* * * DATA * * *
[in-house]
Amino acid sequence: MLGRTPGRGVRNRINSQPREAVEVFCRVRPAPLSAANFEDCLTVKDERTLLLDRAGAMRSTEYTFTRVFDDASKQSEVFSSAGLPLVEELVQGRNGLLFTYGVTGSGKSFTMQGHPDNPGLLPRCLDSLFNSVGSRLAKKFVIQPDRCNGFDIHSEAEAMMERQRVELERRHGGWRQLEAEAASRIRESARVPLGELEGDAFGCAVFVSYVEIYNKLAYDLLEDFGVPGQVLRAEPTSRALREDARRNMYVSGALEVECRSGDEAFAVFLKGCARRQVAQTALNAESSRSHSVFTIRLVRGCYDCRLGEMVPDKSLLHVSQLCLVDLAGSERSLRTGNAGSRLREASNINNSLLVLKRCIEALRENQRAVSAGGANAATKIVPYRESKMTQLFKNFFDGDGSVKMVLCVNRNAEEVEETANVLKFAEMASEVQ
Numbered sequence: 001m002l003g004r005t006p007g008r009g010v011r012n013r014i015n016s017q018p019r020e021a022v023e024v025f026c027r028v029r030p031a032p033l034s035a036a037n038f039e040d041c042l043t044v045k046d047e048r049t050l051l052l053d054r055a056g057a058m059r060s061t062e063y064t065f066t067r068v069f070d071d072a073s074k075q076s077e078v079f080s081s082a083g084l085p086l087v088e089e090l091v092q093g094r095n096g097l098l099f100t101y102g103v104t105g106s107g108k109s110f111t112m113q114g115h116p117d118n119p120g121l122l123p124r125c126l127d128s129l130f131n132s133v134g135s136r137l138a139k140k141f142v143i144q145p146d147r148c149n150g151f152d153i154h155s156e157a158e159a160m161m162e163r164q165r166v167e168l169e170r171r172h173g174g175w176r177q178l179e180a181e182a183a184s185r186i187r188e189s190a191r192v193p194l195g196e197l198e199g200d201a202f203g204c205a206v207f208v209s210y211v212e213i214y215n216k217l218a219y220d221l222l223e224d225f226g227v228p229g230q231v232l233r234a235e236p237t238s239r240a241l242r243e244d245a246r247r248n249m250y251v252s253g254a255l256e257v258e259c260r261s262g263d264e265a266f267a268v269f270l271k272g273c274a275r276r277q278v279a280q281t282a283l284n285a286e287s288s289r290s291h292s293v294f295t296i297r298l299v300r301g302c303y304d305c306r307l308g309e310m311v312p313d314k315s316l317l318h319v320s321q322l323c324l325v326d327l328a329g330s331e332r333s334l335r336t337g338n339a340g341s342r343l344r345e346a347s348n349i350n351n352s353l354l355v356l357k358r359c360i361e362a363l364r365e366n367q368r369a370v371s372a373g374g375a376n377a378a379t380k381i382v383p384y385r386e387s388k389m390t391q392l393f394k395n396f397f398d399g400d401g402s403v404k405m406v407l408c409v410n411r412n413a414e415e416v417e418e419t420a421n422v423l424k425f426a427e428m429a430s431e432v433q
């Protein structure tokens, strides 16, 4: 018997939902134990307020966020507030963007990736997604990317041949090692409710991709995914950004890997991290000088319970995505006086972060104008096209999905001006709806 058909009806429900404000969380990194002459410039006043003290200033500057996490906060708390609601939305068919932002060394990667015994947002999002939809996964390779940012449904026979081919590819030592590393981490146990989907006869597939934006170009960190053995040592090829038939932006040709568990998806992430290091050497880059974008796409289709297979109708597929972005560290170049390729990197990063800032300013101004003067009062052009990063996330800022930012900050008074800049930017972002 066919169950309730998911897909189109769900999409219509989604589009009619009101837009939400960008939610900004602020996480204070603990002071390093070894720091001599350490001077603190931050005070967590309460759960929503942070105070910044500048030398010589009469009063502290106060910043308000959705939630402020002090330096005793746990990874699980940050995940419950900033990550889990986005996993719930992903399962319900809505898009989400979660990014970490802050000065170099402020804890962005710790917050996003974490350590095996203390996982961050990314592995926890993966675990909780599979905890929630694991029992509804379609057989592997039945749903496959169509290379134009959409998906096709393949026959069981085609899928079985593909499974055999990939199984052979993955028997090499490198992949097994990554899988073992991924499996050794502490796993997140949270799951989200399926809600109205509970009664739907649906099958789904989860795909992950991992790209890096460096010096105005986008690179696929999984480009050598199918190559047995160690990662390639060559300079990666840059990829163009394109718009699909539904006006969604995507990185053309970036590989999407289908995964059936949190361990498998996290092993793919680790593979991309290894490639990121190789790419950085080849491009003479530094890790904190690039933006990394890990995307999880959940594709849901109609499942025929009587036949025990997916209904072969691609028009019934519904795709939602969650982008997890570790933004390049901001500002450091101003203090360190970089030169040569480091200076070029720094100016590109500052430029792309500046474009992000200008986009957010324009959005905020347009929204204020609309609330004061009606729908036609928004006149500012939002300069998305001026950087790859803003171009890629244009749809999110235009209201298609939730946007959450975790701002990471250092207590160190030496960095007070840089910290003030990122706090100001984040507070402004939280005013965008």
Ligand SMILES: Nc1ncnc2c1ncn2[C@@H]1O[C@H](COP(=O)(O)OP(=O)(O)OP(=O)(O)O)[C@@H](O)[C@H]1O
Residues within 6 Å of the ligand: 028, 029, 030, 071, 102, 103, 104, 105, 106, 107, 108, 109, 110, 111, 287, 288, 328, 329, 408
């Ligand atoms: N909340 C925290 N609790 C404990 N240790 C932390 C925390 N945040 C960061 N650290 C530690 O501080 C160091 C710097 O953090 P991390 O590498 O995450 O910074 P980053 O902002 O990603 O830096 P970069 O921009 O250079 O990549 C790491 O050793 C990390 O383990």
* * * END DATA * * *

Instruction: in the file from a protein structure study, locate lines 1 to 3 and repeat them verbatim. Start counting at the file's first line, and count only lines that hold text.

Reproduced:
[in-house]
Amino acid sequence: MLGRTPGRGVRNRINSQPREAVEVFCRVRPAPLSAANFEDCLTVKDERTLLLDRAGAMRSTEYTFTRVFDDASKQSEVFSSAGLPLVEELVQGRNGLLFTYGVTGSGKSFTMQGHPDNPGLLPRCLDSLFNSVGSRLAKKFVIQPDRCNGFDIHSEAEAMMERQRVELERRHGGWRQLEAEAASRIRESARVPLGELEGDAFGCAVFVSYVEIYNKLAYDLLEDFGVPGQVLRAEPTSRALREDARRNMYVSGALEVECRSGDEAFAVFLKGCARRQVAQTALNAESSRSHSVFTIRLVRGCYDCRLGEMVPDKSLLHVSQLCLVDLAGSERSLRTGNAGSRLREASNINNSLLVLKRCIEALRENQRAVSAGGANAATKIVPYRESKMTQLFKNFFDGDGSVKMVLCVNRNAEEVEETANVLKFAEMASEVQ
Numbered sequence: 001m002l003g004r005t006p007g008r009g010v011r012n013r014i015n016s017q018p019r020e021a022v023e024v025f026c027r028v029r030p031a032p033l034s035a036a037n038f039e040d041c042l043t044v045k046d047e048r049t050l051l052l053d054r055a056g057a058m059r060s061t062e063y064t065f066t067r068v069f070d071d072a073s074k075q076s077e078v079f080s081s082a083g084l085p086l087v088e089e090l091v092q093g094r095n096g097l098l099f100t101y102g103v104t105g106s107g108k109s110f111t112m113q114g115h116p117d118n119p120g121l122l123p124r125c126l127d128s129l130f131n132s133v134g135s136r137l138a139k140k141f142v143i144q145p146d147r148c149n150g151f152d153i154h155s156e157a158e159a160m161m162e163r164q165r166v167e168l169e170r171r172h173g174g175w176r177q178l179e180a181e182a183a184s185r186i187r188e189s190a191r192v193p194l195g196e197l198e199g200d201a202f203g204c205a206v207f208v209s210y211v212e213i214y215n216k217l218a219y220d221l222l223e224d225f226g227v228p229g230q231v232l233r234a235e236p237t238s239r240a241l242r243e244d245a246r247r248n249m250y251v252s253g254a255l256e257v258e259c260r261s262g263d264e265a266f267a268v269f270l271k272g273c274a275r276r277q278v279a280q281t282a283l284n285a286e287s288s289r290s291h292s293v294f295t296i297r298l299v300r301g302c303y304d305c306r307l308g309e310m311v312p313d314k315s316l317l318h319v320s321q322l323c324l325v326d327l328a329g330s331e332r333s334l335r336t337g338n339a340g341s342r343l344r345e346a347s348n349i350n351n352s353l354l355v356l357k358r359c360i361e362a363l364r365e366n367q368r369a370v371s372a373g374g375a376n377a378a379t380k381i382v383p384y385r386e387s388k389m390t391q392l393f394k395n396f397f398d399g400d401g402s403v404k405m406v407l408c409v410n411r412n413a414e415e416v417e418e419t420a421n422v423l424k425f426a427e428m429a430s431e432v433q